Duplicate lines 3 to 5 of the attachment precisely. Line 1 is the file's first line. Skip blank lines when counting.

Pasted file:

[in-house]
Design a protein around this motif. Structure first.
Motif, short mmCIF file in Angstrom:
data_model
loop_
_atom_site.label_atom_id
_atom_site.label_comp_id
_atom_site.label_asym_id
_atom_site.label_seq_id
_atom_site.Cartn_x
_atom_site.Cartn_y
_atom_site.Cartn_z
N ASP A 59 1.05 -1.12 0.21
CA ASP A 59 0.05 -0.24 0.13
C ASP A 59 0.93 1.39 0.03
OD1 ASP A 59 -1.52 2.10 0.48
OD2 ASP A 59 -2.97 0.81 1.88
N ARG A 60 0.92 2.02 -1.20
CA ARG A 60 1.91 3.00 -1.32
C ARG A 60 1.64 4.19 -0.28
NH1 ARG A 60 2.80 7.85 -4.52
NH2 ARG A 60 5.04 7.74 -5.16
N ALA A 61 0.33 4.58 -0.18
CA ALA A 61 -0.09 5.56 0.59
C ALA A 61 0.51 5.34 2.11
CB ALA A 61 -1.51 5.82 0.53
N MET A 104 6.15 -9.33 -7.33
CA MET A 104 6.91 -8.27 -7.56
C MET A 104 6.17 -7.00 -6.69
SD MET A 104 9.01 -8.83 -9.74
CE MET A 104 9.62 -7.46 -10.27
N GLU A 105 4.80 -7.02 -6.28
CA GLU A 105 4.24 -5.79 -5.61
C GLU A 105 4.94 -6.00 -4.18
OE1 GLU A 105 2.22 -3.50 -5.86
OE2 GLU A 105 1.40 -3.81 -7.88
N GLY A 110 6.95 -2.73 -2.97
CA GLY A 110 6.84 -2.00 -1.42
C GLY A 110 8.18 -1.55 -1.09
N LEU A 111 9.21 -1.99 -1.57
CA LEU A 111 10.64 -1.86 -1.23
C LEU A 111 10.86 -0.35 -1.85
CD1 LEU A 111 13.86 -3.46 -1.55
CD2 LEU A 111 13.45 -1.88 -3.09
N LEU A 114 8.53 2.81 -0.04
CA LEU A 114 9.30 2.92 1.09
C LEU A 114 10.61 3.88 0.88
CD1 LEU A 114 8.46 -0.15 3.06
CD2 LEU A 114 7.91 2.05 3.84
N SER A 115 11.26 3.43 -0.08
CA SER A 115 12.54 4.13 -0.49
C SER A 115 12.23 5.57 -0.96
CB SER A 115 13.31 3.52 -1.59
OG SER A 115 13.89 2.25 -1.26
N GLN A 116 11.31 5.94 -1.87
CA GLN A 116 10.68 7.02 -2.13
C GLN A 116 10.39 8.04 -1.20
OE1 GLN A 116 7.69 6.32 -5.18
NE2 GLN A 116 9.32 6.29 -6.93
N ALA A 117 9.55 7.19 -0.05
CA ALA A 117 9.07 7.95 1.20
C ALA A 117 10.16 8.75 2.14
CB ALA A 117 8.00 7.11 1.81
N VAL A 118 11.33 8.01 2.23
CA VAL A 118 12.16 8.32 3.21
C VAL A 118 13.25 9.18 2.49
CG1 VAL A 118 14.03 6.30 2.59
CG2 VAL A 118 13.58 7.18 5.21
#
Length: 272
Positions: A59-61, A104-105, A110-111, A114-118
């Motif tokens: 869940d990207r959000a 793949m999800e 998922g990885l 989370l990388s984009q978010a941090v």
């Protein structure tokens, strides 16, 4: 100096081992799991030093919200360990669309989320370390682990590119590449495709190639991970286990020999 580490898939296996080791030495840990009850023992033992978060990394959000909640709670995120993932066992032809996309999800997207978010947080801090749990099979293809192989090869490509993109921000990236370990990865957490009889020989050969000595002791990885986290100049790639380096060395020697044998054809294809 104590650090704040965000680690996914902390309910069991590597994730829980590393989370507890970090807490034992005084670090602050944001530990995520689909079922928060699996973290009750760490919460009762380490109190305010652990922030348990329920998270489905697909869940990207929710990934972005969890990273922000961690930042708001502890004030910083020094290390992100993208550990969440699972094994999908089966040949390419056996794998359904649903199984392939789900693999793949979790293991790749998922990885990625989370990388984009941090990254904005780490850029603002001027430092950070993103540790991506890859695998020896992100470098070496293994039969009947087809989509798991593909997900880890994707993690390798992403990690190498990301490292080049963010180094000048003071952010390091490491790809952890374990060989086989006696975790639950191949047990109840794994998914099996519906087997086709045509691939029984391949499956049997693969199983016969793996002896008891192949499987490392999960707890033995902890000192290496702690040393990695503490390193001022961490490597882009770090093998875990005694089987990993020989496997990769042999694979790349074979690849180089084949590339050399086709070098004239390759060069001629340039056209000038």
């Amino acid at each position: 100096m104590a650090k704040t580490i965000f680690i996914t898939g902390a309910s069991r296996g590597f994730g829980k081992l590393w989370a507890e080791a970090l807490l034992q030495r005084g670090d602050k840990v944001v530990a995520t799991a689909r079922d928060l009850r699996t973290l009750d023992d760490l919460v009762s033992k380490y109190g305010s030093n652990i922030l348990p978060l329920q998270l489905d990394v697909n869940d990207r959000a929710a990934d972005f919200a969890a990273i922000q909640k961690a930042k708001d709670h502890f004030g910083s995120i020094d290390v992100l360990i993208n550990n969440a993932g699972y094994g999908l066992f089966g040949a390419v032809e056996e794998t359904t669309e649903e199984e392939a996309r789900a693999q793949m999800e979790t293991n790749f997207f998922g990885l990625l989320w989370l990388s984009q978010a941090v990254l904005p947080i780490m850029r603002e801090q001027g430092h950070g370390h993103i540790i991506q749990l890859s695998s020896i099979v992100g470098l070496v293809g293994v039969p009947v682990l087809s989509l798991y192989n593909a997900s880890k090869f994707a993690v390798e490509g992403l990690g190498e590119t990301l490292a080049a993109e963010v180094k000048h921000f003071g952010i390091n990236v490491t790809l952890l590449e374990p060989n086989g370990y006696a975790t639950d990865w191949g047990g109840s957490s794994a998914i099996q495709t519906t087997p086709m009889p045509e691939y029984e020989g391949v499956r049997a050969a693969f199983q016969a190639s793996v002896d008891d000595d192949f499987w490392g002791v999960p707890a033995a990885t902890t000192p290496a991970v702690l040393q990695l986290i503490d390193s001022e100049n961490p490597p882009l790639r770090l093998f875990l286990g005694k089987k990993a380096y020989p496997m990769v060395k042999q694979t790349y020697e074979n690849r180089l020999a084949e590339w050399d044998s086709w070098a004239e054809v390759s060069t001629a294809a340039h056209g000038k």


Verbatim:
Motif, short mmCIF file in Angstrom:
data_model
loop_